22 March 2024

On 7 February 2024, the Secretary General of the National Intelligence Centre (CNI) of Spain, Undersecretary Mr Arturo Relanzón, gave a conference in the IFRI, as part of the European Intelligence cycle supported by the Intelligence College in Europe, which is chaired by Spain in 2024. The topic of the conference was “Instability in the Sahel, impact on the Security of Europe”.

The Director of the IFRI, Thomas Gomart, hosted and chaired the event and the Deputy Director of the IFRI, Marc Hecker, and the Head of International of the French Press Agency (AFP), Daphné Benoit participated in it.

The instability in the Sahel is determined by the political, social and economic conditions in the region. In some cases, those conditions may be fertile ground for radicalisation (with the consequent impact on the terrorist threat) and for massive illegal migration. Europe should improve its work and collaboration in the region, deepening on mutual knowledge.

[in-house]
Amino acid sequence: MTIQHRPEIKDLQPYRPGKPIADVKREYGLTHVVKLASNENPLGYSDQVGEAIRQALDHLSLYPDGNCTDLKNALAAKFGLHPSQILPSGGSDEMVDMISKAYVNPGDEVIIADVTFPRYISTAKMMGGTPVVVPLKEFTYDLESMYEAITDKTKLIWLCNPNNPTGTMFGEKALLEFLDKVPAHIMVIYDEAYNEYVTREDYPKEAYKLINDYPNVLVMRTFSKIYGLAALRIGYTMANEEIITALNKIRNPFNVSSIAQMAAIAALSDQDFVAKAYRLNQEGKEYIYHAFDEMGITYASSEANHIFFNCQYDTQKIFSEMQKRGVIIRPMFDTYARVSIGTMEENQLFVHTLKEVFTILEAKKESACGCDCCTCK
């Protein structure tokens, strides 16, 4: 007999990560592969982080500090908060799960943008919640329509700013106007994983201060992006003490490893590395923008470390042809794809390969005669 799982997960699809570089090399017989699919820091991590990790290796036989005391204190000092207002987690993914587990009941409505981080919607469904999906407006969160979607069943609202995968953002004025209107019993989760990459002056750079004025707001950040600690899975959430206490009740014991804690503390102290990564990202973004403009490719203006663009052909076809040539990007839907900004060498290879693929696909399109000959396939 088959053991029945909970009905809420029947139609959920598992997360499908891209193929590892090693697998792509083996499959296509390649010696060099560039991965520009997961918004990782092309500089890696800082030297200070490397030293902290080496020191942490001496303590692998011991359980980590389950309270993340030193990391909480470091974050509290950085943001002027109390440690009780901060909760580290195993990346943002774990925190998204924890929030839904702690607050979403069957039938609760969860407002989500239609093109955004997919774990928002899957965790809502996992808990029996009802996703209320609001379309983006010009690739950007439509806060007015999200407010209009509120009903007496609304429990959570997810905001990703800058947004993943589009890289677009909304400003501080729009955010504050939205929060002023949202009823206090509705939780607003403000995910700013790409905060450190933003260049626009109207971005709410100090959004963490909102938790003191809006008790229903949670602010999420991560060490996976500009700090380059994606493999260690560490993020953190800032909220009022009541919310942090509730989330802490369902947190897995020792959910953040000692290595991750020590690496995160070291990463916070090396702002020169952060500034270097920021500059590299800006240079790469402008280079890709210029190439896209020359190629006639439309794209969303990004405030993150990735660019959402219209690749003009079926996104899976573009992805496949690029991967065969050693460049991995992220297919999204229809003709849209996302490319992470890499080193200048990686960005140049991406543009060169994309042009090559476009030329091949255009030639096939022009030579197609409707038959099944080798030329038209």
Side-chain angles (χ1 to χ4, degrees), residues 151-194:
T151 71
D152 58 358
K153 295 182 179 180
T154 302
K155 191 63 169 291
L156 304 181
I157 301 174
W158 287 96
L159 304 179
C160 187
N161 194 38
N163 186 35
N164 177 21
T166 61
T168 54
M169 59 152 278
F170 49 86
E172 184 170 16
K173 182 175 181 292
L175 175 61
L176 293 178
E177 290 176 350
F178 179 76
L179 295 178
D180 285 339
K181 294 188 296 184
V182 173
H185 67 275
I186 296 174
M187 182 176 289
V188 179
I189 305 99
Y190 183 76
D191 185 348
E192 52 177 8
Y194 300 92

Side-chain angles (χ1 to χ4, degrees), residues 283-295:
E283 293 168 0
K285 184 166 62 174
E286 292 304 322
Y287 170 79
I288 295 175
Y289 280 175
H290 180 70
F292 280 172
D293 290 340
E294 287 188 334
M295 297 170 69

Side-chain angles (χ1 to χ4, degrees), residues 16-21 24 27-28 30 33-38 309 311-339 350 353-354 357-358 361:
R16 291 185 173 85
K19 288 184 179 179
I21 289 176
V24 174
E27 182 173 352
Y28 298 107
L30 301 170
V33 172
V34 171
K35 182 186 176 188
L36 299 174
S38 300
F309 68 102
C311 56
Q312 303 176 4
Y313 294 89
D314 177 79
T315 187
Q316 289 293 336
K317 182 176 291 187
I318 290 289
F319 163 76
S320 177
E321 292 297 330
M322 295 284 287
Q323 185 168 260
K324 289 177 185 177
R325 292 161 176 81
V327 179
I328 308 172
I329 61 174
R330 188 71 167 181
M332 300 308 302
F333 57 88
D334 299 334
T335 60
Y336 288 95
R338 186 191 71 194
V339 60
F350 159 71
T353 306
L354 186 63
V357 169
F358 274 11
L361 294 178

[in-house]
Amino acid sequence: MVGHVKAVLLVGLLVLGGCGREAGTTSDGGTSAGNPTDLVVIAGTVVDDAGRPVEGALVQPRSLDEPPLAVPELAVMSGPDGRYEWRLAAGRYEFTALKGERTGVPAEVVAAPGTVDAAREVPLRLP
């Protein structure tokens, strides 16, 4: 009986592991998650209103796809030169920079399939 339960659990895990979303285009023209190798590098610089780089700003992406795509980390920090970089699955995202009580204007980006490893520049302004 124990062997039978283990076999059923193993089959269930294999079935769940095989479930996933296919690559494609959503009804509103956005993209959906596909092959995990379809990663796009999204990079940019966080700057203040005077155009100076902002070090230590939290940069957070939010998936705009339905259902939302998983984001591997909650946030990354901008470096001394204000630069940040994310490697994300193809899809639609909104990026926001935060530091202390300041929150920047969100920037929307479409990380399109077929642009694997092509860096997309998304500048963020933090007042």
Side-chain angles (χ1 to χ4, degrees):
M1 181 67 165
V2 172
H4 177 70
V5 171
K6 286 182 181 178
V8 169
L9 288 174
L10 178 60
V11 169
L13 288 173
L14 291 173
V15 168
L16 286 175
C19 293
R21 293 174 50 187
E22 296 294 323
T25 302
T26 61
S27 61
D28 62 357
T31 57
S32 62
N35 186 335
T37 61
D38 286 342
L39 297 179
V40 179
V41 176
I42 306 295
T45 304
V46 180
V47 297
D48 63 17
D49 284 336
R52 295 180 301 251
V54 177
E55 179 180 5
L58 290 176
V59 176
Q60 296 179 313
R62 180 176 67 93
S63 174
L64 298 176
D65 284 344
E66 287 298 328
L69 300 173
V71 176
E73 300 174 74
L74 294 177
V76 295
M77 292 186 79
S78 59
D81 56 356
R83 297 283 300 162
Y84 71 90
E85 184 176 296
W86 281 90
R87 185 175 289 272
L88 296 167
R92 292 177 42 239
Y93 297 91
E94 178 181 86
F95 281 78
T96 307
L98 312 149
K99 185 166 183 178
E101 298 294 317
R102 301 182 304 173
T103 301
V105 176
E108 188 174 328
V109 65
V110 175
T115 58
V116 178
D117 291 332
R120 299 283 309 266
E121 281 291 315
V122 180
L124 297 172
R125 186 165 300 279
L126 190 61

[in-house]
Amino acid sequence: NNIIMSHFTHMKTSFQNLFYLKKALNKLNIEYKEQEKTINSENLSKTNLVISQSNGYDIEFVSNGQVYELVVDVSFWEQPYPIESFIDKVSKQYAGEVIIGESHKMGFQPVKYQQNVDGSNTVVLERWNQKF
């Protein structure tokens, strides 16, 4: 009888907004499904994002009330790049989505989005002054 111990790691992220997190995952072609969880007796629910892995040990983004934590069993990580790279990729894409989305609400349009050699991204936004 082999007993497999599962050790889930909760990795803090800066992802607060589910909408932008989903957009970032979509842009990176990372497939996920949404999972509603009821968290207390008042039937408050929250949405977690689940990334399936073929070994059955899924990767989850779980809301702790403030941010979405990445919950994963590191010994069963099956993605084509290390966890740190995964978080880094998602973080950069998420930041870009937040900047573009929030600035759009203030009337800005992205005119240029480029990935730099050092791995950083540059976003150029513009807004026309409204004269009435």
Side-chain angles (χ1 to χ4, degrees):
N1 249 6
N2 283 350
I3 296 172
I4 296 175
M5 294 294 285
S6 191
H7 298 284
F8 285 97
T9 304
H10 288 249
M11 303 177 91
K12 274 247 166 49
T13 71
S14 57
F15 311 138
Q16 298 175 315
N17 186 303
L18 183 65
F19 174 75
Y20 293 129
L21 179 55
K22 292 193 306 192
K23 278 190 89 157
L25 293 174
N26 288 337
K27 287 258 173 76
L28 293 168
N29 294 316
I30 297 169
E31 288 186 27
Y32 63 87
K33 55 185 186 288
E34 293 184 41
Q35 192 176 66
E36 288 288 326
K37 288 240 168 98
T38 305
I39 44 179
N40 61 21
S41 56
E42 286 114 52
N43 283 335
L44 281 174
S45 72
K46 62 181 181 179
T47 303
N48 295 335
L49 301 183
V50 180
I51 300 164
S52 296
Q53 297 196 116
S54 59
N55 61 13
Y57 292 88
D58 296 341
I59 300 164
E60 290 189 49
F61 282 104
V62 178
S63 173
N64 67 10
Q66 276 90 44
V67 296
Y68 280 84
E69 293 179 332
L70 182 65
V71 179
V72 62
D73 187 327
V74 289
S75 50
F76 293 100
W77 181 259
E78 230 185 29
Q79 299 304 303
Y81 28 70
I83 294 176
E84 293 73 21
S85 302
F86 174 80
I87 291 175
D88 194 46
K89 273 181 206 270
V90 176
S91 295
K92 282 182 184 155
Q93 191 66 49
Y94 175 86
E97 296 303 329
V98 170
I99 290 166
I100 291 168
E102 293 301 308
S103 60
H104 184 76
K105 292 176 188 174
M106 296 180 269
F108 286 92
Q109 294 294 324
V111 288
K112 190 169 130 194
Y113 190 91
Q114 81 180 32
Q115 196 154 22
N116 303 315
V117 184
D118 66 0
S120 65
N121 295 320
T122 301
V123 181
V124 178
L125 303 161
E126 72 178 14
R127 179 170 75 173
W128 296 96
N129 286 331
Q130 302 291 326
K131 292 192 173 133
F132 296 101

The threats coming from the Sahel to Europe are not independent and tackling them individually may not be the best option. Europe should take a holistic approach to face “everything, everywhere, all at once”. In the same way, the action of countries should be framed in the context of the joint European action.

Mr. Arturo Relanzón was the third participant of this IFRI cycle after the French and the Italian Intelligence Coordinators.


22 March 2024

ICE and the Paris Defence and Strategy Forum

On the 13th-14th of March 2024, The Paris Defence and Strategy Forum (PDSF) was held in Ecole Militaire de Paris. This Forum, organised by the French Defence University (ACADEM), is the first event of significant scope in France focused on defence and security, with a strong European focus. It brings together French and international civilian and military subject matter experts in different formats. On the fifth anniversary of ICE, it was the occasion to publicize the new achievements of the Intelligence College in Europe, as done in the past during the “La Fabrique Defense” event.